“The personal stories of Drs. Joseph Ferguson, Marjorie Pebbles-Meyers and Charles Whitten are very interesting,” said Dr. Moncrease, an alum of the Black Medical Association and member of the Post Baccalaureate Program Admission Committee. “Their contributions to medicine in the face of racism, segregation and discrimination are lessons that everyone can take something away from. It is my hope that these personal stories will inspire visitors to want to learn more about them, other African-American alumni and African-American health care in Detroit, especially through attending the Saturday lecture series.”

Dr. Moncrease said the exhibit could not have been developed without the contributions of many people, including school staff, and especially Dedra Seay-Scatliffe, a member of the Office of Diversity and Inclusion.

“So many times people don’t know their history, so others will come along and lay claim to the positive aspects of it,” said Dr. Moncrease, who describes history as one of her passions, after God and family. “Because you don’t know your histories, others make you think you have not made a contribution in order to make you feel small. Knowing your history puts everyone on a level playing field, not because you can change the past but because you can learn from it and determine your own future.

“Learning history helps me respect others because I have a better understanding of what they have gone through in order to be where they are today, added Dr. Moncrease, who serves as the historian of her church, Hartford Memorial Baptist. “A physician can only truly know what is wrong with his or her patient by taking a good history. If they do not, they have an excellent chance of misdiagnosing and mistreating their patient. The physician can do a lot of tests to assist them with making the right diagnosis, but they could have saved themselves and the patient a lot of time and money by just taking a good history.”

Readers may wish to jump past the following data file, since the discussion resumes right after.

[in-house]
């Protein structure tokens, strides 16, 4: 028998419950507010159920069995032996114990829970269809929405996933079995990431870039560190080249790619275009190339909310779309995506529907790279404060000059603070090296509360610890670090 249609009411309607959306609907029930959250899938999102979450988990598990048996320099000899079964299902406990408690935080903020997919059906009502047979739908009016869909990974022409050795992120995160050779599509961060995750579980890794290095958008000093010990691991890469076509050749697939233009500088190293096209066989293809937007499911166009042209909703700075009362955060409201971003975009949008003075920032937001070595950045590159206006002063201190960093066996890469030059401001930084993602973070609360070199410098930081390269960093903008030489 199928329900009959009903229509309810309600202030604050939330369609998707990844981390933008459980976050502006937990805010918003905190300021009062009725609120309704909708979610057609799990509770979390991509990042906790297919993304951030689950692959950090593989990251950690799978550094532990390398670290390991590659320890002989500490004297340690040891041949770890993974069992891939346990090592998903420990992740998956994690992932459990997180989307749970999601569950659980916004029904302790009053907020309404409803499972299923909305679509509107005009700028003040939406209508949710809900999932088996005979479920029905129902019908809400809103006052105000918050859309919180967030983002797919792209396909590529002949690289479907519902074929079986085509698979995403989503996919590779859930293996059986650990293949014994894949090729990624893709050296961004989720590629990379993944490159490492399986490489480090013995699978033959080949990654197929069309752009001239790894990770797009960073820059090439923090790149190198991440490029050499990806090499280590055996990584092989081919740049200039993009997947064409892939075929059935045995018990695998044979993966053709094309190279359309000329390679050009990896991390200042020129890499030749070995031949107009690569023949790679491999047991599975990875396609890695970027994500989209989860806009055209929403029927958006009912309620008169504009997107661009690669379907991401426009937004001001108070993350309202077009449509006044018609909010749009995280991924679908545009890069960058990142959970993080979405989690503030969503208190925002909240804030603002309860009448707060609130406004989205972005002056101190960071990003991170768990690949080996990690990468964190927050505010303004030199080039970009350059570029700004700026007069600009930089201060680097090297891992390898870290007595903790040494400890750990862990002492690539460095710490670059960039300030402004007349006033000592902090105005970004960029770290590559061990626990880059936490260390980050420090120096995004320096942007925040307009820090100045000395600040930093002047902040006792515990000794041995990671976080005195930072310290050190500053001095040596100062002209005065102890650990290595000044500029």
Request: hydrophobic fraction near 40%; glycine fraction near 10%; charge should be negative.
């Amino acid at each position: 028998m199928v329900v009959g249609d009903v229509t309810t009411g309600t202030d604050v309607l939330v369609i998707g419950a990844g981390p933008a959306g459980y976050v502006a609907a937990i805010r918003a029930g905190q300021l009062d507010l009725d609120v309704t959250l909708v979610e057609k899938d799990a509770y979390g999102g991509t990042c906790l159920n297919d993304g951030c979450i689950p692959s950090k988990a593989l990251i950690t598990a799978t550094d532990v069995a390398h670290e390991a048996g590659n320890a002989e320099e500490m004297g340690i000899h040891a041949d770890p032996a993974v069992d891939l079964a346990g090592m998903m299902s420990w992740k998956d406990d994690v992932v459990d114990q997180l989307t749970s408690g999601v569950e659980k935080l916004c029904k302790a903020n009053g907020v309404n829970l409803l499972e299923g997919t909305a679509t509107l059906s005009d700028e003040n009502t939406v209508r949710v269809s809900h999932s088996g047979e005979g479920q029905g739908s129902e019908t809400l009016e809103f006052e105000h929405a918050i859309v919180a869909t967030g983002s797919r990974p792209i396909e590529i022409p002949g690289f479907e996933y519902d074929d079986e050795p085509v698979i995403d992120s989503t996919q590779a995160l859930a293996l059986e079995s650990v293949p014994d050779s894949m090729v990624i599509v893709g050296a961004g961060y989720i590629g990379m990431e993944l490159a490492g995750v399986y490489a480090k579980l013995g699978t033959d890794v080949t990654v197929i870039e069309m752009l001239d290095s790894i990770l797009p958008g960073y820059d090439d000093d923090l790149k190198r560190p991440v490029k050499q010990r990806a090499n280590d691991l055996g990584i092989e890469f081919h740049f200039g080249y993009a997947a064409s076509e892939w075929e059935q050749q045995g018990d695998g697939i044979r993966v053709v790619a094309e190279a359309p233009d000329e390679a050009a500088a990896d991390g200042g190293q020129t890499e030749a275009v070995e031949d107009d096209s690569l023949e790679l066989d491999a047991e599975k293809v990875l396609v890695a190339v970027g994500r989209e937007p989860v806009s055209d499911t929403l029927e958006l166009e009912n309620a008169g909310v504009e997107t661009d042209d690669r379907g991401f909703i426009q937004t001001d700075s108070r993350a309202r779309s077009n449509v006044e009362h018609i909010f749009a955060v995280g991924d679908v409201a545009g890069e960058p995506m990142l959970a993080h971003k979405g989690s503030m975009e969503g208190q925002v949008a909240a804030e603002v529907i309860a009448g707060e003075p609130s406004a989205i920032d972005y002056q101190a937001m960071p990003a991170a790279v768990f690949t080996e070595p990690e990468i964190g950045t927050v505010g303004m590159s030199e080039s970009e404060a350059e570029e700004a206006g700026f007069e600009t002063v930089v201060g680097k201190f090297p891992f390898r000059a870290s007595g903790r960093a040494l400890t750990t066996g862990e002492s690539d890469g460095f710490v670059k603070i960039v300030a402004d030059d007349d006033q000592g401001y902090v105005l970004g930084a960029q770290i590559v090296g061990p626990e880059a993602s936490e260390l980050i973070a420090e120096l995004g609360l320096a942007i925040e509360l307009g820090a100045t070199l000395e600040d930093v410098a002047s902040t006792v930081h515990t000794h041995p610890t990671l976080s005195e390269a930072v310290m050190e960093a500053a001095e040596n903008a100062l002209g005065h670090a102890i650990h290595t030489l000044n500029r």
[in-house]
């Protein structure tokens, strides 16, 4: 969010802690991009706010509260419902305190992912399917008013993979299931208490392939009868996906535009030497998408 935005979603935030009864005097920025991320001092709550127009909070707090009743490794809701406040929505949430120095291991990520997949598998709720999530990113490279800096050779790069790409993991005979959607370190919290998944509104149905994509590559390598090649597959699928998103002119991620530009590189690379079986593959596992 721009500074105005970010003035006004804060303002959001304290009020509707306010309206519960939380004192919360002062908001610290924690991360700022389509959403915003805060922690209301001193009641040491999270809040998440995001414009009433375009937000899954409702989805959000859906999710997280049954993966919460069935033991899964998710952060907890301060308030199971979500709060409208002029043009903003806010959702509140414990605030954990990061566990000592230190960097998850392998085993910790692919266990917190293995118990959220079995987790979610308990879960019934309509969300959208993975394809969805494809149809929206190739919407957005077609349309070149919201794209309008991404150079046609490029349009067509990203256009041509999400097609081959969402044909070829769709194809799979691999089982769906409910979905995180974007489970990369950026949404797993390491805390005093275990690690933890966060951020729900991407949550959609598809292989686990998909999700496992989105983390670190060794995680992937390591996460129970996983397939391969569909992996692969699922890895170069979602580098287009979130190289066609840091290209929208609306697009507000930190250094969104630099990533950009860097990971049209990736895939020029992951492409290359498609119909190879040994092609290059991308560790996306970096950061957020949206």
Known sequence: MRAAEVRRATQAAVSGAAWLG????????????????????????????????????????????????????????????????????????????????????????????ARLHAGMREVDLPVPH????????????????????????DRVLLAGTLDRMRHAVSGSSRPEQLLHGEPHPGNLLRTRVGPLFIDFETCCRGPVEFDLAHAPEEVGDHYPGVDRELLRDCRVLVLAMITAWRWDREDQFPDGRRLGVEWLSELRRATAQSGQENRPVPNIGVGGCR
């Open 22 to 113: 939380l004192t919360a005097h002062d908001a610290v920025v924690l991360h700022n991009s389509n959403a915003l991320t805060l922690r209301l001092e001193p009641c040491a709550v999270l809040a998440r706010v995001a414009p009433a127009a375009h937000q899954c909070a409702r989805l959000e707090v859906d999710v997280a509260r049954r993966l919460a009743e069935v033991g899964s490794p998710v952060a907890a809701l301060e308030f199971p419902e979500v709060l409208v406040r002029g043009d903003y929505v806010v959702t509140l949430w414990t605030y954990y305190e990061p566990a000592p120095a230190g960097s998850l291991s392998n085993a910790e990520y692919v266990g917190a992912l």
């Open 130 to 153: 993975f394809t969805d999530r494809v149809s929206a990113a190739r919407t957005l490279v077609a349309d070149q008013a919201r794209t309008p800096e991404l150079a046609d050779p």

The “Helping Hands: The African-American Health Care Experience in Southeastern Michigan” exhibit will also be on display, courtesy of the Kellogg African American Health Care Project and the University of Michigan. The exhibit provides a historical context for understanding the African-American experience with health care, the health professions and the health sciences in southeastern Michigan.

CMMG's Leonard Lipovich talks RNAs in second Australia guest teaching stint
In Headlines on January 23, 2015
Drs. Kevin Morris, left, and Leonard Lipovich in Sydney, Australia.

Drs. Kevin Morris, left, and Leonard Lipovich in Sydney, Australia.

The University of New South Wales in Sydney, Australia, hosted Wayne State University School of Medicine faculty member Leonard Lipovich, Ph.D., in September and October for the second installment of an instructional collaboration with the university’s School of Biotechnology and Biomolecular Sciences’ Associate Professor of Biological Sciences Kevin Morris, Ph.D.

Dr. Morris works on the role of non-coding RNA in epigenetic regulation of gene expression in human cells, and has two affiliations bridging the Pacific Dr. Morris’ primary laboratory is at The Scripps Research Institute in La Jolla, California, and more recently he acquired a joint affiliation at the UNSW, where he hosts a burgeoning and highly productive group of honors and graduate students.

Dr. Lipovich, an associate professor at the WSU Center for Molecular Medicine and Genetics and the School of Medicine’s Department of Neurology received UNSW’s Visiting Faculty Fellowship in 2013, teaching a two-week, hands-on practical in UNSW’s undergraduate core molecular biology and genomics course that year. In his 2014 visit, he taught three half-day computational labs and three related one-hour theory lectures for the same undergraduate genomics course.

During his 2014 visit, he also guest-lectured about his research in a freshman course on gene regulation and epigenetics, and, together with researcher Marianne Farnebo, Ph.D., of the Karolinska Institutet in Sweden, who was visiting the Morris laboratory during her sabbatical, spoke as part of the university’s popular Friday biological sciences seminar series for faculty, postdocs and students. Dr. Lipovich had additionally given a fellowship guest seminar at UNSW in 2013, and delivered two invited lectures at The Garvan Institute of Medical Research, also in Sydney, over the course of his two recent academic visits to Australia. Faculty, postdocs, and graduate students comprised most of the audiences.

The stints all spotlighted Dr. Lipovich’s work on primate-specific long non-coding ribonucleic acids, or lncRNAs, in human breast cancer and the three major international post-genomic consortia in which he is a co-investigator.

One, ENCODE (Encyclopedia of DNA Elements;, is an international consortium that serves as the official successor to the original Human Genome Project. Dr. Lipovich also is in his second decade of working with the Japan-based Functional Annotation of the Mammalian Genome (FANTOM) Consortium, and in early 2014 he joined the CHARGE (Cohorts for Heart and Aging Research in Genomic Epidemiology) Consortium, singlehandedly bringing all three major international efforts to Wayne State through his laboratory.